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If I decide to use ExtJS under GPL v3 instead of a commercial license model (Dual License Model), what exactly do I need to open source?

I do not modify the library in any other way than configuration. Do I nevertheless need to publish the source code of my application? And if so, do I have to publish all code, even server side code?

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This may be of help: stackoverflow.com/questions/805193/… –  lothar May 1 '09 at 20:33

3 Answers 3

ExtJS GPL Licence means that if you are using ExtJS under GPL Licence, and not modifying ExtJS itself, then you are free to use ExtJS in whatever manner on any website.

But if you take ExtJS and start modifying ExtJS itself (to make some better 'Super-Duper-ExtJS' Library), then you have to share that with everyone, because if you start selling 'Super-Duper-ExtJS' to your clients, then whats going to happen is that 'ExtJS-Company' finds itself competing with itself.

I don't think you need to share your 'website's Source-code' in any case. If you need to share your 'websites source-code' itself with other people while using ExtJS-GPL, then only the ExtJS-GPL licence would start looking absurd, and you need to start looking at jQueryUI or DOJO!

But I don't think that 'ExtJS-Company' means to share your websites-source just for the reason that you used their ExtJS Library!

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I think it's not about publishing or not your code, it's about licensing of your code. You must license your code as GPL, but not necessary disclose the code internals to public.

I think GPL isn't only about the open source, it's also about free usage.

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What sort of application are you creating? Are you distributing it? The GPLv3 has some options; which, if any, does ExtJS use? How are you accessing the library?

First, the GPL gives an extension to the rights you'd have under copyright, and doesn't take away anything. If you could do X with a library without the GPL, you can do X under any GPL.

Therefore, the GPL only covers your code if it's part of a derivative work, and exactly what that means has to be decided by the courts. Statically linking software does make a derivative work, but there seem to be different opinions about dynamic linking. The FSF, which wrote GPLv3, believes that linking to a DLL creates a derivative work, but I've read that this isn't entirely clearcut. If your code communicates with the library without actually being linked in, it isn't a derivative work.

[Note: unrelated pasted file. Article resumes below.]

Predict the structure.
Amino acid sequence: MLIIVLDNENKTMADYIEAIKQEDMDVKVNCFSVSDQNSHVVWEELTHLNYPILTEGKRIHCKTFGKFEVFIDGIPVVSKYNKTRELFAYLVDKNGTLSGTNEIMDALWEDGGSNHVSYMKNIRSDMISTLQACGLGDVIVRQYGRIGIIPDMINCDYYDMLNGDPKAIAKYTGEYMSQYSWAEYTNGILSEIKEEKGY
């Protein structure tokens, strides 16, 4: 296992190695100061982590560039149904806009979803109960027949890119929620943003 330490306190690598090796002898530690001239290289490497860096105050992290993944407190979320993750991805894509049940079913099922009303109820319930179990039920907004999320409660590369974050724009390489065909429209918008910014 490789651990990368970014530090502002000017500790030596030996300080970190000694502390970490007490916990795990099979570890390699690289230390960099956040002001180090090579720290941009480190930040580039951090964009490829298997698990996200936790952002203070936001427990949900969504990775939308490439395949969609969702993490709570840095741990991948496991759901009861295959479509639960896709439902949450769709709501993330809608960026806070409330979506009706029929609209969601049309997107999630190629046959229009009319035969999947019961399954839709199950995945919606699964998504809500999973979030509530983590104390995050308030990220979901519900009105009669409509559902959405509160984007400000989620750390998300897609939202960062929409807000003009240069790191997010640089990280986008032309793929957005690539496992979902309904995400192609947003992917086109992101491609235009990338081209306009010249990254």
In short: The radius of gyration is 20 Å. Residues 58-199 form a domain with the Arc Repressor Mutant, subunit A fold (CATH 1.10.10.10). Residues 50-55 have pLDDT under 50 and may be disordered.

The GPLv3, if I remember correctly, does have some options, and can be used like an LGPL. In that case, you have to provide the library source, and make sure the user can recompile the source and link it into your software. I have no idea whether ExtJS is using these options or not.

The server software doesn't have to be opened under any circumstances. You aren't distributing it. It's sitting there under your control talking to the client you do distribute. There is a version called the Affero GPL, that claims to require opening up server software that uses it, but I really don't know if that would stand up in court.

So, depending on things you haven't told us, you might or might not have to publish the entire client. You don't have to publish the server code.

That being said, I'm not a lawyer, and this is not legal advice. If you want legal advice, hire a lawyer. It's not going to be all that expensive for a reasonably short consultation, and it can save lots of money down the road. In the US, find your local bar association and ask for a referral, unless you already have a lawyer who knows something about software licensing.

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The distributed part of the application is written in HTML/Javascript. So its source code is available to everybody anyway. This part will be using ExtJS (also Javascript) as a library, but I do not modify the ExtJS source files. Does this expect me to provide the client-side code in any explicit way (e.g. link to zip file). Implicitly it is already brought to the public through using it in the browser. –  prinzdezibel May 2 '09 at 7:05
    
Sounds like you're already distributing source (as long as it's not obfuscated; the GPL definition of source is the favored form for modifying it), so that shouldn't be a problem. –  David Thornley May 4 '09 at 14:55

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